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How a previously extinct bird has come back to life

Researchers from the University of Portsmouth and Natural History Museum have discovered that a species of rail was able to successfully colonize the Aldabra atoll in the Indian Ocean. This means that the species, at one point, went extinct and then rose from the dead.

The scientists explain that this occurred due to a process called “iterative evolution,” defined as the repeated evolution of similar or parallel species from a like ancestor but at different times.

These findings were published in Zoological Journal of the Linnean Society.

On both occasions of colonization, which occurred tens of thousands of years apart, the white-throated rail, still present on Aldabra today, evolved to become flightless.

“We know of no other example in rails, or of birds in general, that demonstrates [iterative evolution] so evidently,” said coauthor Professor David Martill, from the university’s School of Earth and Environmental Sciences.

The white-throated rail originated in Madagascar and attempted to migrate several times. However, the bird only successfully landed on remote islands such as Mauritius, Reunion and Aldabra in the Indian Ocean. Thanks to the lack of predators on Aldabra, the rails eventually evolved into flightless birds.

About 136,000 years ago, Aldabra was submerged under water, thus losing all of its major flora and fauna, including the rail.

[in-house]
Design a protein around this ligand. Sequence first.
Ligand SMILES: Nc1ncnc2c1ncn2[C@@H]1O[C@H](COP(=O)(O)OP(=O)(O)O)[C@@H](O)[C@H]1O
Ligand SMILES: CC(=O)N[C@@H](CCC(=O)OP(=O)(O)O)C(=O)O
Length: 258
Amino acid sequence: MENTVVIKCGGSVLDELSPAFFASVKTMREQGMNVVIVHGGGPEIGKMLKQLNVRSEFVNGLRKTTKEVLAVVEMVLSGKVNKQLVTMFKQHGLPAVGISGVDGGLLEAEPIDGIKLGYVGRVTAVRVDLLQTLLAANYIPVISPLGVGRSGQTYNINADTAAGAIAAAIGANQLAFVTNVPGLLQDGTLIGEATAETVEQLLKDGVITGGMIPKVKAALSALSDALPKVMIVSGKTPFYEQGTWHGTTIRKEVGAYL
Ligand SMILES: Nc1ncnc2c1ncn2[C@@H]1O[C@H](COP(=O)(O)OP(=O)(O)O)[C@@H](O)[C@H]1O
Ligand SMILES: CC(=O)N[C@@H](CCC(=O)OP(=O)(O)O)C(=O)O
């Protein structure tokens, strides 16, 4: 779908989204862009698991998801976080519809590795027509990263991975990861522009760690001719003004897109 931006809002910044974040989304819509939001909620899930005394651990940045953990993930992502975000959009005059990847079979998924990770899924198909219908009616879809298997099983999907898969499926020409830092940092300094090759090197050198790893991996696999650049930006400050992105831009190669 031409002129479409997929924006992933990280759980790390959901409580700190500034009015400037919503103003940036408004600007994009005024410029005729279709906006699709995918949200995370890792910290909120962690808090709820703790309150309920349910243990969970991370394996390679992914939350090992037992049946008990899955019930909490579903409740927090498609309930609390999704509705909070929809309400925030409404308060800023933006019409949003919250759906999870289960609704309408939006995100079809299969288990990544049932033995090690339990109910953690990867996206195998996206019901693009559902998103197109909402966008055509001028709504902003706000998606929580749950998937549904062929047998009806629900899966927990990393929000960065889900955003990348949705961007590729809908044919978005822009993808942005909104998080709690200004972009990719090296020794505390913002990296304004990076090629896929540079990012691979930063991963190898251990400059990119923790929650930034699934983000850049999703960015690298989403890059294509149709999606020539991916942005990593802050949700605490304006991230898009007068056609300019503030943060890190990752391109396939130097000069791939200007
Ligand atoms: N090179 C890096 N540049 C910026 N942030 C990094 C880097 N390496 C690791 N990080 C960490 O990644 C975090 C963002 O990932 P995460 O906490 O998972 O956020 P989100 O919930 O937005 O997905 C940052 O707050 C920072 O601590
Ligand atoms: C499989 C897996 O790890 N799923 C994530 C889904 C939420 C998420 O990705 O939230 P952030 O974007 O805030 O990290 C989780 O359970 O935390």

Archaeologists discovered that flightless rails recolonized Aldabra when sea levels returned to normal after the subsequent ice age about 100,000 years ago. When comparing fossilized rails from before the inundation event to those that came after, scientists found that the latter species showed an advanced state of flightlessness, which means that the original rail species from Madagascar gave rise to two different flightless rail species on Aldabra within a few thousand years of each other.

“These unique fossils provide irrefutable evidence that a member of the rail family colonized the atoll, most likely from Madagascar, and became flightless independently on each occasion,” said lead researcher Dr. Julian Hume, an avian paleontologist and Research Associate at the Natural History Museum. “Fossil evidence presented here is unique for rails, and epitomizes the ability of these birds to successfully colonize isolated islands and evolve flightlessness on multiple occasions.”

“Only on Aldabra, which has the oldest palaeontological record of any oceanic island within the Indian Ocean region, is fossil evidence available that demonstrates the effects of changing sea levels on extinction and recolonization events,” Professor Martill added. “Conditions were such on Aldabra, the most important being the absence of terrestrial predators and competing mammals, that a rail was able to evolve flightlessness independently on each occasion.”

By Olivia Harvey, Staff Writer

Image Credit: Charles J Sharp

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